Coffee and Tea are important items in the stockpile as well. Most of us have a hot drink of some type in the morning, so it’s best to have plenty on hand. I pick up “half cafe” and decaf when I can, as we have phased out caffeine as much as possible (personal choice). You can even make up individual coffee pot sized servings and seal them and put them in the bug out kit. If kept sealed, the new cans have a very long shelf life, so it’s a safe bet to pick up as much as you can when you find it on sale. We try not to be “brand specific”, as you never know when your brand will be unavailable, and in a pinch, any coffee is better than no coffee! Also, don’t forget to tuck an old fashioned stove top percolator in your preps for when there is no electricity. PRACTICE with it, as stove top coffee is a lost art for most people!
Another item not talked about much is flavorings. Herbs, spices, liquid flavorings, jams, syrups and all the things that we like. I get my herbs & spices (that I don’t grow) from : http://www.atlanticspice.com/ and have had great results with them. Repackage and vacuum seal in jars or bags and they will last for years. You can pick up all kinds of handy items from these people, including baking supply items like baking powder, cream of tarter and so on. I like to bake when I am upset, so comfort foods may be something you want to make when stuck in the house during an emergency. Don’t forget to get vanilla! I find that most people keep vanilla flavoring and lemon flavoring for baking, so these will be a good addition to the preps.
Fats are another item that confuse people. You must have a certain amount of fats in the diet, but these items also are necessary to cooking and baking. I know that Crisco in the can, unopened has a long (5 year) shelf life. If you keep your vegetable oil in the dark and unopened, it too, has a decent shelf life. Olive oil is best and if kept properly, it will last forever. I’m told that in a pinch, you can even use it as lamp oil. I also keep a couple of cans of butter powder in #10 cans, because I can’t count on a steady supply of butter if we have an extended event. You should plan on a minimum of 1 gallon of oils and fats per person, per year.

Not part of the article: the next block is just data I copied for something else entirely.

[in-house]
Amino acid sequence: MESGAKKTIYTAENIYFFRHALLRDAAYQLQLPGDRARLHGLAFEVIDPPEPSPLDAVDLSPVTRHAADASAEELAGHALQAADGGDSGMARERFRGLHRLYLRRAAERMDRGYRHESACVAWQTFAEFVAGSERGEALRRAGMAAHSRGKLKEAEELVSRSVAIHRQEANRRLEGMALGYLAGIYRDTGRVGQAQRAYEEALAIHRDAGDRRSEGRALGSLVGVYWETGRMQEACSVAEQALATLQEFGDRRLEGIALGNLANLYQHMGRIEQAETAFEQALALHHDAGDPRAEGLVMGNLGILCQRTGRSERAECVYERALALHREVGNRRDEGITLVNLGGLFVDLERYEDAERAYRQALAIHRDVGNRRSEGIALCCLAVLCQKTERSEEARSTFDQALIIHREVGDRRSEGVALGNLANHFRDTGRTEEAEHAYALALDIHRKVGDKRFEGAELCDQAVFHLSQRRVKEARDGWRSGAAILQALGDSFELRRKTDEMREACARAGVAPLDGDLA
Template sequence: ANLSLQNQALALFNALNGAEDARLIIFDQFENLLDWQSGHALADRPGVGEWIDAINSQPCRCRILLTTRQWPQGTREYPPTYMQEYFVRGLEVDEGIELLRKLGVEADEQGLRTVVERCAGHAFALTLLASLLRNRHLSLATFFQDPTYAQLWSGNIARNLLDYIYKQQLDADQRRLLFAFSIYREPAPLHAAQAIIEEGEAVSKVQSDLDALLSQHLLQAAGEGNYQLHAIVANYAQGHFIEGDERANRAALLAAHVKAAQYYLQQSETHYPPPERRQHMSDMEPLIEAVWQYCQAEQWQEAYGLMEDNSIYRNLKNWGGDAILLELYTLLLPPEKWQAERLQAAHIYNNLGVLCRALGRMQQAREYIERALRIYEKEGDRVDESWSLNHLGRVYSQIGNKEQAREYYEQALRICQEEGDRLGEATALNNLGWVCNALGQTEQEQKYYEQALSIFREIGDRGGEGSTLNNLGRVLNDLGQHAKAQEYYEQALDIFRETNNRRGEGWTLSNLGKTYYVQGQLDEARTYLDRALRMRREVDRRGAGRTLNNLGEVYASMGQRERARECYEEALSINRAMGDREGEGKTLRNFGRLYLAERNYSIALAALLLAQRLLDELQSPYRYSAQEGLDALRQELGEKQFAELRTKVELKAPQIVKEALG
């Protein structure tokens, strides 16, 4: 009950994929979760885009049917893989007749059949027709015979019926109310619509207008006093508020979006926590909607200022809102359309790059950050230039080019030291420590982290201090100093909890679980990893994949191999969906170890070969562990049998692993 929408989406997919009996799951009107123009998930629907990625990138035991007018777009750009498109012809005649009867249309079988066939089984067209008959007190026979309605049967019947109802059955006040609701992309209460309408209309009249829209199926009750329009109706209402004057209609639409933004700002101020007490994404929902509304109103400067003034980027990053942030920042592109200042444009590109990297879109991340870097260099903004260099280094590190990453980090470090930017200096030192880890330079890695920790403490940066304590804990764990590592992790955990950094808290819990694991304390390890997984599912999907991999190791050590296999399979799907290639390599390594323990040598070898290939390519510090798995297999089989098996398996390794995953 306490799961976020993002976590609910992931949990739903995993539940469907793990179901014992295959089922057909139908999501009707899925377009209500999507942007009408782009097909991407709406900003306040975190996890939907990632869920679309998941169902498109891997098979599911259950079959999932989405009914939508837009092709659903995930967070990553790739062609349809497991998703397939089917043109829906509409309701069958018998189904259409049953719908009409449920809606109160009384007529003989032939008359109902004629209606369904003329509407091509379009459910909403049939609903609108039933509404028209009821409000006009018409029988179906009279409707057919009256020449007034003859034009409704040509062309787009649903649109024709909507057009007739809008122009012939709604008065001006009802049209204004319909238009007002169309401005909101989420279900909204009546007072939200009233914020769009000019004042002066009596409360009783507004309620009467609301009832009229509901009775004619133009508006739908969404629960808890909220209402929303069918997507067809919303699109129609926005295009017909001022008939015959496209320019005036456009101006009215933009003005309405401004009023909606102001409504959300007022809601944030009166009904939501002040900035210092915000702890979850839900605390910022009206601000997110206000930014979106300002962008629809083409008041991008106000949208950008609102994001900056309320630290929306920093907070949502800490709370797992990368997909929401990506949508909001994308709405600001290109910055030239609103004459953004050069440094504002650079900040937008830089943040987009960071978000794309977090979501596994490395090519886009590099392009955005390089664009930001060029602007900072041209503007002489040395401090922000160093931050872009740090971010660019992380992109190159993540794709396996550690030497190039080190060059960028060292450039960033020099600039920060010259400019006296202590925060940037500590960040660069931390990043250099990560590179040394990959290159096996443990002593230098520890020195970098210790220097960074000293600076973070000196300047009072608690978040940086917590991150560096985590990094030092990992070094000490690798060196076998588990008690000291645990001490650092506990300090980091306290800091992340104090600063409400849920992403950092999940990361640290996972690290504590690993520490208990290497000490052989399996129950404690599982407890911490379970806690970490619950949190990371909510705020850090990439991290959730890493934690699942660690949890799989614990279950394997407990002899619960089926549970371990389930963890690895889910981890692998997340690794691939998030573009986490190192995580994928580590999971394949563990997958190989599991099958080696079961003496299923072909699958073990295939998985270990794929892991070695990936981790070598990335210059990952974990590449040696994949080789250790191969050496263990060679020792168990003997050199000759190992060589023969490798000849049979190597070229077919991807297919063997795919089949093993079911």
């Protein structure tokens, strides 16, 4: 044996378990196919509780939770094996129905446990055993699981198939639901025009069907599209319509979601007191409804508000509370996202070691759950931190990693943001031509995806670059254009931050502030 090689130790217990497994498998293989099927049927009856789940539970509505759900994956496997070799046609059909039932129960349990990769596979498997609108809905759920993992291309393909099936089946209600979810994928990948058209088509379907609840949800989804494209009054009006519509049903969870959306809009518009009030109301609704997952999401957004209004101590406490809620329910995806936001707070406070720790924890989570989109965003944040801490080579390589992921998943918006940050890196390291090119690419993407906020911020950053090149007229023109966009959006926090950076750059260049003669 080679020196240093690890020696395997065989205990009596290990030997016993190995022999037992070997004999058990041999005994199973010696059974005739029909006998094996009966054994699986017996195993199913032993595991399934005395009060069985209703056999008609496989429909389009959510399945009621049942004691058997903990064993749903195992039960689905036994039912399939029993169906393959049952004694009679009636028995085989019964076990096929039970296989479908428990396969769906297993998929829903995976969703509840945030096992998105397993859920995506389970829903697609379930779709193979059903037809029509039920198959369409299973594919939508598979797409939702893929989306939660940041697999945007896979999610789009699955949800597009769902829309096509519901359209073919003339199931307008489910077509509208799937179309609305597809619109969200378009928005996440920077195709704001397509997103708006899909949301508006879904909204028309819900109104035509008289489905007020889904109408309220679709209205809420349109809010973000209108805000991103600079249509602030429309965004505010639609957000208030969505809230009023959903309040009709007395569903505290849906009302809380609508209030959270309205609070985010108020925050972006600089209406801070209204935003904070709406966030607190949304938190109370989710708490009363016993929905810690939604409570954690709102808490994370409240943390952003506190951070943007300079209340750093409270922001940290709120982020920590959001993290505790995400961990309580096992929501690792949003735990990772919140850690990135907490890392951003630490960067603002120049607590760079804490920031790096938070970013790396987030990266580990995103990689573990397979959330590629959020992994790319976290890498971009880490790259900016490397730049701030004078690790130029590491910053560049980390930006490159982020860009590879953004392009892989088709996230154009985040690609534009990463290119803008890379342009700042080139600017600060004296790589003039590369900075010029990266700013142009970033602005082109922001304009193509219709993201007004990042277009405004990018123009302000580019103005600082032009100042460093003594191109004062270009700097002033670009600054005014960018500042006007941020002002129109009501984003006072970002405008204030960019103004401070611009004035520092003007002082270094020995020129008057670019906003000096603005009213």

The next “must have” item is vinegar. Vinegar doesn’t really have an expiration date either, and it can be easily found in gallon jugs. You can not have too much vinegar!!! Get several kinds, but for me, white vinegar is a staple I can’t do without. Vinegar will be used in cooking, in canning and as flavoring with my seasoning packets for dressings. It also has an antiseptic affect and can be used to clean. I wipe down the counters with it (keeps flies away too!) and I put it in a spray bottle half and half with water and use it instead of expensive Windex. When my Dad was a kid, the standard “quarantine” for kids was to soak a sheet in vinegar and hang it to block the doorways. Apparently, it killed air born germs quite well. At about $2.50 a gallon, it’s a great buy! I keep about 12 gallons of various vinegars. (don’t forget to add it to baking soda for tough cleaning jobs and to clean out drains!)
I also have a small stock of my other favorite cleaning products that are mostly for convenience. One item is old fashioned lemon oil furniture polish. It doesn’t go bad and a little goes a long way. Laundry soap in our house consists of what ever I pick up on sale and with a coupon, but I am going to start making our own. I realized that the ingredients for making your own cost about 1/5th of what I pay for the premixed stuff, so I’ll dedicate some space for that. I just have to “get around to it”. Bleach is also an important item on the “cleaning shelf”, but it can also disinfect, be used in laundry and can purify your water. It doesn’t really “go bad”, so make sure you have a minimum of one gallon per year, per person.
I won’t go into personal care items at this time, as this blog post is long enough! As always, I welcome you to comment and add to this topic!